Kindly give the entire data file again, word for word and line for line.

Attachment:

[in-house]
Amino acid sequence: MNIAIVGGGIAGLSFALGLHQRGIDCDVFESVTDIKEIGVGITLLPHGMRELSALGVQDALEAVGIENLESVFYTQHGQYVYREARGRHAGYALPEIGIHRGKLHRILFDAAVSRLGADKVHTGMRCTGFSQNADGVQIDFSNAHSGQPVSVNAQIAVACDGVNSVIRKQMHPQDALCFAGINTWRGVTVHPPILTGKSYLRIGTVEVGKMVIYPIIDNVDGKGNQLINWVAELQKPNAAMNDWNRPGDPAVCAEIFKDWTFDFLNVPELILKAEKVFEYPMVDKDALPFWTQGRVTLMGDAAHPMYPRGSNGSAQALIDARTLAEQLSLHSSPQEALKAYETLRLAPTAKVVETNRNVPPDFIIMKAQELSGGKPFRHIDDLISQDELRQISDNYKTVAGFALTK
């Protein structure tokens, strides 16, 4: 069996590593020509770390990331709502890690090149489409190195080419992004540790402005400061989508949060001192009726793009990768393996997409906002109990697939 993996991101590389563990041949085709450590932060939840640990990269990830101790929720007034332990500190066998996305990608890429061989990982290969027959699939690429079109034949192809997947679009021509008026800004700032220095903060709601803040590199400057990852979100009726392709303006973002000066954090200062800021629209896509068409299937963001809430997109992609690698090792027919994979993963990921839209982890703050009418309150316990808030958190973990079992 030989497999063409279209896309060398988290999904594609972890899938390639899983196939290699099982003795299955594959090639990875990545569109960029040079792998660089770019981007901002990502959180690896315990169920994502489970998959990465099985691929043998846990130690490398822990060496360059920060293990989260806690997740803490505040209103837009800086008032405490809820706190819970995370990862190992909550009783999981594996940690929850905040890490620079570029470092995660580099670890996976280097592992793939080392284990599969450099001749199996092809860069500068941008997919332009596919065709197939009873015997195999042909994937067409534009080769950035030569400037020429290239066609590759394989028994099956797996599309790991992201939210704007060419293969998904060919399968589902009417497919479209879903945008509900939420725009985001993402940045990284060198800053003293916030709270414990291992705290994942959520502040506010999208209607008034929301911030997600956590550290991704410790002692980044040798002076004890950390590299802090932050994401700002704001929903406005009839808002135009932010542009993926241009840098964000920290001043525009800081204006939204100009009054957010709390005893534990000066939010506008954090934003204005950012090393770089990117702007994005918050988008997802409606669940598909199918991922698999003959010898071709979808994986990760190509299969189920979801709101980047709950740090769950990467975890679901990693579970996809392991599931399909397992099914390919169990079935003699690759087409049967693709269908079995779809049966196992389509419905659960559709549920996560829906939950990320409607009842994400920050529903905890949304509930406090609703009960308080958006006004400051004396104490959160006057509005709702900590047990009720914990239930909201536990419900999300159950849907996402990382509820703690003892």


[in-house]
Amino acid sequence: MNIAIVGGGIAGLSFALGLHQRGIDCDVFESVTDIKEIGVGITLLPHGMRELSALGVQDALEAVGIENLESVFYTQHGQYVYREARGRHAGYALPEIGIHRGKLHRILFDAAVSRLGADKVHTGMRCTGFSQNADGVQIDFSNAHSGQPVSVNAQIAVACDGVNSVIRKQMHPQDALCFAGINTWRGVTVHPPILTGKSYLRIGTVEVGKMVIYPIIDNVDGKGNQLINWVAELQKPNAAMNDWNRPGDPAVCAEIFKDWTFDFLNVPELILKAEKVFEYPMVDKDALPFWTQGRVTLMGDAAHPMYPRGSNGSAQALIDARTLAEQLSLHSSPQEALKAYETLRLAPTAKVVETNRNVPPDFIIMKAQELSGGKPFRHIDDLISQDELRQISDNYKTVAGFALTK
């Protein structure tokens, strides 16, 4: 069996590593020509770390990331709502890690090149489409190195080419992004540790402005400061989508949060001192009726793009990768393996997409906002109990697939 993996991101590389563990041949085709450590932060939840640990990269990830101790929720007034332990500190066998996305990608890429061989990982290969027959699939690429079109034949192809997947679009021509008026800004700032220095903060709601803040590199400057990852979100009726392709303006973002000066954090200062800021629209896509068409299937963001809430997109992609690698090792027919994979993963990921839209982890703050009418309150316990808030958190973990079992 030989497999063409279209896309060398988290999904594609972890899938390639899983196939290699099982003795299955594959090639990875990545569109960029040079792998660089770019981007901002990502959180690896315990169920994502489970998959990465099985691929043998846990130690490398822990060496360059920060293990989260806690997740803490505040209103837009800086008032405490809820706190819970995370990862190992909550009783999981594996940690929850905040890490620079570029470092995660580099670890996976280097592992793939080392284990599969450099001749199996092809860069500068941008997919332009596919065709197939009873015997195999042909994937067409534009080769950035030569400037020429290239066609590759394989028994099956797996599309790991992201939210704007060419293969998904060919399968589902009417497919479209879903945008509900939420725009985001993402940045990284060198800053003293916030709270414990291992705290994942959520502040506010999208209607008034929301911030997600956590550290991704410790002692980044040798002076004890950390590299802090932050994401700002704001929903406005009839808002135009932010542009993926241009840098964000920290001043525009800081204006939204100009009054957010709390005893534990000066939010506008954090934003204005950012090393770089990117702007994005918050988008997802409606669940598909199918991922698999003959010898071709979808994986990760190509299969189920979801709101980047709950740090769950990467975890679901990693579970996809392991599931399909397992099914390919169990079935003699690759087409049967693709269908079995779809049966196992389509419905659960559709549920996560829906939950990320409607009842994400920050529903905890949304509930406090609703009960308080958006006004400051004396104490959160006057509005709702900590047990009720914990239930909201536990419900999300159950849907996402990382509820703690003892």